Table Of Contents

Discovering Success Without Trying Too Hard

What I'll Be Covering..

1. Introduction

In a world obsessed with the pursuit of success, happiness, and perpetual self-improvement, the notion of ‘Don’t Try‘ will strike a somewhat jarring mantra to many of us. This concept, brought to the forefront by Mark Manson, challenges commonly held notions about what it means to succeed and be happy. Perhaps the best way we can understand it is through the story of Charles Bukowski, a man whose life story reads more like a cautionary tale than a blueprint for success and fulfilment.

Bukowski, an alcoholic, a womaniser, and an unapologetic gambler, was, by most societal standards, a failure for the better part of his life. His poetry and writing, often raw and unfiltered, were repeatedly rejected. His days were spent in a haze of alcohol, low-paying jobs, and unrelenting rejection. Yet, Bukowski’s story took an unexpected turn. In his fifties, he finally got a break. His novel, “Post Office“, became a success, and he went on to publish numerous books, gaining fame and recognition he never sought.

Despite a life marred by alcoholism, gambling, and societal rejection, Bukowski's achieved fame and success.
Despite his struggles with alcohol, Bukowski attained fame and success.

The paradox of Bukowski’s success story is encapsulated on his tombstone, etched with the words “Don’t Try”. It’s an epitaph that seems to laugh in the face of the conventional narratives we’ve been fed about what it means to succeed in life for one simple reason: Bukowski’s life and success weren’t the results of a tireless pursuit of greatness; they were the by-products of his unflinching acceptance of who he was, in all his flawed glory.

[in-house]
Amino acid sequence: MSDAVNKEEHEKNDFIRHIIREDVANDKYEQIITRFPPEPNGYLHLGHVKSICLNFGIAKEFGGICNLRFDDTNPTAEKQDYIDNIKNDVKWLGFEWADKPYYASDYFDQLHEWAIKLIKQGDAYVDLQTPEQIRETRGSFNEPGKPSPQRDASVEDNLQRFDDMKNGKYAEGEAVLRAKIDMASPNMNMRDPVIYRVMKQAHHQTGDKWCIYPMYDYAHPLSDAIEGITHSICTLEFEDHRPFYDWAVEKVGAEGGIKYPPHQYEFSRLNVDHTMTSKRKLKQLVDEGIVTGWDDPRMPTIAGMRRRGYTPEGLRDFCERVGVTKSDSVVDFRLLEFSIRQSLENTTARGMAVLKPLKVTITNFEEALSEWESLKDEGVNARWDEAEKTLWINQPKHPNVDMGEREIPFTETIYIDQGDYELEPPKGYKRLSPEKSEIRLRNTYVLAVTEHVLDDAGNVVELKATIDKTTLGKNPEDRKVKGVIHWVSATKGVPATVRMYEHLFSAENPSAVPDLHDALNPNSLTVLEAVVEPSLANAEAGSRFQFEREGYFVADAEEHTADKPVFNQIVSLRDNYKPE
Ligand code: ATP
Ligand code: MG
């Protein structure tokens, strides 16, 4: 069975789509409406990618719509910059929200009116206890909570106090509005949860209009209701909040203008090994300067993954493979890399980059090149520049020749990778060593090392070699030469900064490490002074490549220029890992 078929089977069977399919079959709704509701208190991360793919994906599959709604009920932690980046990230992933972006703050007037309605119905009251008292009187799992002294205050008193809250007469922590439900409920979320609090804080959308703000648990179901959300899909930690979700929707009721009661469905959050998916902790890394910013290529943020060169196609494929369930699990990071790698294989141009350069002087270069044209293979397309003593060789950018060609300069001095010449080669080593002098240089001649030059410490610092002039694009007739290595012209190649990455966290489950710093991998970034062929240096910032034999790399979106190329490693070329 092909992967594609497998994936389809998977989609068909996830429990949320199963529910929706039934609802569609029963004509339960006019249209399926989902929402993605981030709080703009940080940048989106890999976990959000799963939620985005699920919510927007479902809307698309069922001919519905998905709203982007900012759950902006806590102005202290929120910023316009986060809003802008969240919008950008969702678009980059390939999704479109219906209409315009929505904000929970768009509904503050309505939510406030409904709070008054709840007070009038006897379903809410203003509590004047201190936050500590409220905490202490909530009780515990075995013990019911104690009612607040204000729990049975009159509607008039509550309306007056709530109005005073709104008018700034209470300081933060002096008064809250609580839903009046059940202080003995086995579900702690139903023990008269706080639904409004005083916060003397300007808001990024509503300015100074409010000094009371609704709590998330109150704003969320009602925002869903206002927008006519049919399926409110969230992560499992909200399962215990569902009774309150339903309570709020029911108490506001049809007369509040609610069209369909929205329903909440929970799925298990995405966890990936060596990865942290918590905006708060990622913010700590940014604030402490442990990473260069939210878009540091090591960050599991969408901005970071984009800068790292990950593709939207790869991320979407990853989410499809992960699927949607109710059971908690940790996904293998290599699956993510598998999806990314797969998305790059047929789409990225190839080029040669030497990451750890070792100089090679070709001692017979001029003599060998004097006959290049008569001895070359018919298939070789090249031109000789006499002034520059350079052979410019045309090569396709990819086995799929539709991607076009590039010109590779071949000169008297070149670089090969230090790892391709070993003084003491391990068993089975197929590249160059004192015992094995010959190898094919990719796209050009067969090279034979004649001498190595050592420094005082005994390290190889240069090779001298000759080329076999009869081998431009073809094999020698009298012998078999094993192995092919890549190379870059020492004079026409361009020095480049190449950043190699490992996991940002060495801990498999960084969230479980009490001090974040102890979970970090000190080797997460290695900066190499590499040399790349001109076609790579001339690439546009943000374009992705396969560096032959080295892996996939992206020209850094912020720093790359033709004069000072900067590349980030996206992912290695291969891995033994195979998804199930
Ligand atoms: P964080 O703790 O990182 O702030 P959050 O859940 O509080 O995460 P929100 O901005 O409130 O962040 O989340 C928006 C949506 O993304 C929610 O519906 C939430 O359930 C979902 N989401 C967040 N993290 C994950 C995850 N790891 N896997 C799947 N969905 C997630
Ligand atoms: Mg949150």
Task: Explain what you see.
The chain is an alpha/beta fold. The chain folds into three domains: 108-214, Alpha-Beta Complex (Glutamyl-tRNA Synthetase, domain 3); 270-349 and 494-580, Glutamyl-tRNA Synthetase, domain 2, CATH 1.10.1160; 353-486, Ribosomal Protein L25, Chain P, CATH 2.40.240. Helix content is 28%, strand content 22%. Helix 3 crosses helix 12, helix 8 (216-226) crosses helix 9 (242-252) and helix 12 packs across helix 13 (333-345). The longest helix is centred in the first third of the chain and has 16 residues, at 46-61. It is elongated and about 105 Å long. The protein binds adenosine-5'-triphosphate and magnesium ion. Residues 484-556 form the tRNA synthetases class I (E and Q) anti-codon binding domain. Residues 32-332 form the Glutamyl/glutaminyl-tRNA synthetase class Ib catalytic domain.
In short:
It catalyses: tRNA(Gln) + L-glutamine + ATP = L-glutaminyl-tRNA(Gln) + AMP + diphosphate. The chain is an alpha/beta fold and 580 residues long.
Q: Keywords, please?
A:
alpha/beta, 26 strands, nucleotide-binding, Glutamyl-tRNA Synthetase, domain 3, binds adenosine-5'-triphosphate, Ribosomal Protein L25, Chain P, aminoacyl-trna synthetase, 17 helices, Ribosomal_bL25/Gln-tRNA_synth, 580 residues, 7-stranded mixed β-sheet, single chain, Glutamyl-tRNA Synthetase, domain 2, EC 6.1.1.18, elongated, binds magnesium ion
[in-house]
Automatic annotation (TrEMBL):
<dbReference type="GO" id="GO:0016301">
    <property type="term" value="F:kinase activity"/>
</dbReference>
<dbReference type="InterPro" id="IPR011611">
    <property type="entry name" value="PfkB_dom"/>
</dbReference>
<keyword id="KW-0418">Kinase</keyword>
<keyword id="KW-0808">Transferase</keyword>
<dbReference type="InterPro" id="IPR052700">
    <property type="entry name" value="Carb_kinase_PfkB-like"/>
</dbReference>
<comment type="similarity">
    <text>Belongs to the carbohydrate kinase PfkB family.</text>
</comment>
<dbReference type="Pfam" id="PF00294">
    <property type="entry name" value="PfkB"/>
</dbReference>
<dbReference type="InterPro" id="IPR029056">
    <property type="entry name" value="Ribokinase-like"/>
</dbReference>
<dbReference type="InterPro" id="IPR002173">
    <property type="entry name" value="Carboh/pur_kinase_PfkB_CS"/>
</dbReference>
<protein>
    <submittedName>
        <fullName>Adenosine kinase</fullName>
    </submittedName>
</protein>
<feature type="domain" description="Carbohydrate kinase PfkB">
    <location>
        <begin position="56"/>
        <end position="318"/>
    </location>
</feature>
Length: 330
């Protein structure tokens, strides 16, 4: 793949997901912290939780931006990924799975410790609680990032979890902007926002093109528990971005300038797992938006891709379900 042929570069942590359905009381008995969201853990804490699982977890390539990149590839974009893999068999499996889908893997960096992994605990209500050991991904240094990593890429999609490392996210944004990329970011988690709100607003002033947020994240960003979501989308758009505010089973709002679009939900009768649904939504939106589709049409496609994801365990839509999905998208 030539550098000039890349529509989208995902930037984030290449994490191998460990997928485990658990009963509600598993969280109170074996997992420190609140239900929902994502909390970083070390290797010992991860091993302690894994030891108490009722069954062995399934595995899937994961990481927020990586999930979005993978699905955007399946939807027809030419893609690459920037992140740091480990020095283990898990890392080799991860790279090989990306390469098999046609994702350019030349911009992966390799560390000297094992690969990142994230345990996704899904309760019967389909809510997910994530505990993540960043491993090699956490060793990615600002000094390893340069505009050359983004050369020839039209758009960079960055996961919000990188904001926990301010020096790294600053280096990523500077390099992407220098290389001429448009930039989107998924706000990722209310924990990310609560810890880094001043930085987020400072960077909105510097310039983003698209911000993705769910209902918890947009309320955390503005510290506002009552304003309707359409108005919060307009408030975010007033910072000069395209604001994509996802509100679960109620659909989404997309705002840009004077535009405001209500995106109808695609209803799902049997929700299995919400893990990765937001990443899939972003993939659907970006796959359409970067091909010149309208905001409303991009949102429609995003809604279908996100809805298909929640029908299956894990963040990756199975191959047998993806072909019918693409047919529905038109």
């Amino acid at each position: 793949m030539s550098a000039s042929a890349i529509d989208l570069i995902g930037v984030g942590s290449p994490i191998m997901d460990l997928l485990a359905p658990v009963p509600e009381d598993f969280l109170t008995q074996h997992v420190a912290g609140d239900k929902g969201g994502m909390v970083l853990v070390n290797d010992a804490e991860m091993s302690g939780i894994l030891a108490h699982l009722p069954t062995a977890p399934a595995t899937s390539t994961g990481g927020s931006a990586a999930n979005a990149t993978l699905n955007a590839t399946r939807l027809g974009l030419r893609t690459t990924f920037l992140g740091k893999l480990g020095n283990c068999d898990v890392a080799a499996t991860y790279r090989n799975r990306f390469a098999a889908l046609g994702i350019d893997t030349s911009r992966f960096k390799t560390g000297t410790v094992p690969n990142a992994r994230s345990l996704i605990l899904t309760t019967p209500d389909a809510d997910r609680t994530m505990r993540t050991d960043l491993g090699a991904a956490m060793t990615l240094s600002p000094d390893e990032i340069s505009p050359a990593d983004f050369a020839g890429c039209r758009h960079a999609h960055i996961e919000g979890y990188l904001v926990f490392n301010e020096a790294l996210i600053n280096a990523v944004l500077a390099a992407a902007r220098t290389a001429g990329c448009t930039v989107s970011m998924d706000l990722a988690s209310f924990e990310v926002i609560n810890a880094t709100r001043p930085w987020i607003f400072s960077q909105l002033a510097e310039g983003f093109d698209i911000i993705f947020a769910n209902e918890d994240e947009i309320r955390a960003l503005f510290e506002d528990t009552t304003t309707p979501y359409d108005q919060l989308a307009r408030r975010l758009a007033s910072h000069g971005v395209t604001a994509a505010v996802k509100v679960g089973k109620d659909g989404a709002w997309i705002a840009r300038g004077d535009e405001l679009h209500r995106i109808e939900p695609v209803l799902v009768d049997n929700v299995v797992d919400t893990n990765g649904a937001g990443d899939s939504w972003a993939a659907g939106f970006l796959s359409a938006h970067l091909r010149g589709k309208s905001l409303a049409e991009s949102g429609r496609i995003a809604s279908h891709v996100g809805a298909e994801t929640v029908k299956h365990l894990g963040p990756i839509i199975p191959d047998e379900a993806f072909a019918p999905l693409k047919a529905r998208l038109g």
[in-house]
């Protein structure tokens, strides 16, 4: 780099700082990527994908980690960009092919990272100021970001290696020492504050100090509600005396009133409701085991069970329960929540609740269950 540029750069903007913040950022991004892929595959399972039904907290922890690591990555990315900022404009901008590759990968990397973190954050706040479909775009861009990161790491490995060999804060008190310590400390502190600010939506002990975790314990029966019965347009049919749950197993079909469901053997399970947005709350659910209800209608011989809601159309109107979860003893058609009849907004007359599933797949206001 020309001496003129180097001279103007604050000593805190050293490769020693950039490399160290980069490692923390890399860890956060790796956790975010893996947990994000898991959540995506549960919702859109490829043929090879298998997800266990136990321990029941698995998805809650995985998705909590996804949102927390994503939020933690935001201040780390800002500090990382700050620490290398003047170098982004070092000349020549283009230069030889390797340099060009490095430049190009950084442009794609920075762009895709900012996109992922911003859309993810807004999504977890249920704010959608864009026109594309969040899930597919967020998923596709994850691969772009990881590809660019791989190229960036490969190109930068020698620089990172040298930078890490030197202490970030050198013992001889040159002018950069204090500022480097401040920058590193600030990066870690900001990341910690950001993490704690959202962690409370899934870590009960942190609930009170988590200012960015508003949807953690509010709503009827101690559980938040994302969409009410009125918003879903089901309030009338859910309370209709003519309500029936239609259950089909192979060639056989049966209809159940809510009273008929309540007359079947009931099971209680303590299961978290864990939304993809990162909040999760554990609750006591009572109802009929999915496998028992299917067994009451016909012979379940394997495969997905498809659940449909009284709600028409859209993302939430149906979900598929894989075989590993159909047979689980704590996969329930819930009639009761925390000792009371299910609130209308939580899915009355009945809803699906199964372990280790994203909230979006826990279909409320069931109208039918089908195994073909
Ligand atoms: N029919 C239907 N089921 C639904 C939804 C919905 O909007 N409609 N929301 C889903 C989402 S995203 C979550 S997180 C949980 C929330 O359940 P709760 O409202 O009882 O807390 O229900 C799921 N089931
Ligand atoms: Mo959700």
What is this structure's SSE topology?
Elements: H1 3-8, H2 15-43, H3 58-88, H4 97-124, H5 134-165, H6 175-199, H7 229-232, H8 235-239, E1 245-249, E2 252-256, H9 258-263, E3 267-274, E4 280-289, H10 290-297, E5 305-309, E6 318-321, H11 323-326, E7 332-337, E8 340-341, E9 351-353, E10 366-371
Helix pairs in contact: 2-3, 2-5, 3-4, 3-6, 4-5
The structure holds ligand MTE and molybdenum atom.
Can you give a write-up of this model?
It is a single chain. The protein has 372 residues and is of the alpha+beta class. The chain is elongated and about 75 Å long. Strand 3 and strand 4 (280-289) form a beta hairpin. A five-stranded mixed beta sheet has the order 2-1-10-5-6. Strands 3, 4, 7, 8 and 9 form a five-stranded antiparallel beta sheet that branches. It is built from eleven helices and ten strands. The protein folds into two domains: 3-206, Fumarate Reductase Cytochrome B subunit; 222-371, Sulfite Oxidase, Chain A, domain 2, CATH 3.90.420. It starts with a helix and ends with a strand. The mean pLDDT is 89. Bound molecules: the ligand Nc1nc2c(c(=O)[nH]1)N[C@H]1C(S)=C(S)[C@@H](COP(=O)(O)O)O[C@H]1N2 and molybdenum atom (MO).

In this article, I dive into the intriguing paradox exemplified in Bukowski’s story, exploring how his philosophy of ‘Don’t Try’ can unexpectedly lead a truly contented life, not by tirelessly ‘grinding,’ attempting to conform to societal standards of success, but by boldly being nothing more or less than our true selves.

2. The Unconventional Wisdom of Charles Bukowski

So who was Bukowski? The controversial American poet and novelist, born into the tumult of the 1920’s, wasn’t your run-of-the-mill hero; he was anything but. An unrepentant alcoholic, a self-confessed womaniser, and a habitual gambler, Bukowski’s life was punctuated by a series of misadventures and missteps that would make even the most liberal of us raise an eyebrow.

Yet, within this chaos of a life, Bukowski found a peculiar sense of freedom—a freedom that came not from chasing dreams, but from the radical acceptance of who he was, warts and all. “Sometimes you climb out of bed in the morning,” he wrote, “and you think, I’m not going to make it, but you laugh inside—remembering all the times you’ve felt that way.”

This man didn’t grind his way to the top; in fact, for the longest time, he didn’t seem to be going anywhere at all. Rejection was a constant companion in his early writing career. His work was often dismissed as crude, distasteful, and devoid of any literary merit. But Bukowski wasn’t one to play by the rules or pander to the tastes of the literary elite. He wrote in the only way he knew—raw, unfiltered, and unabashedly honest.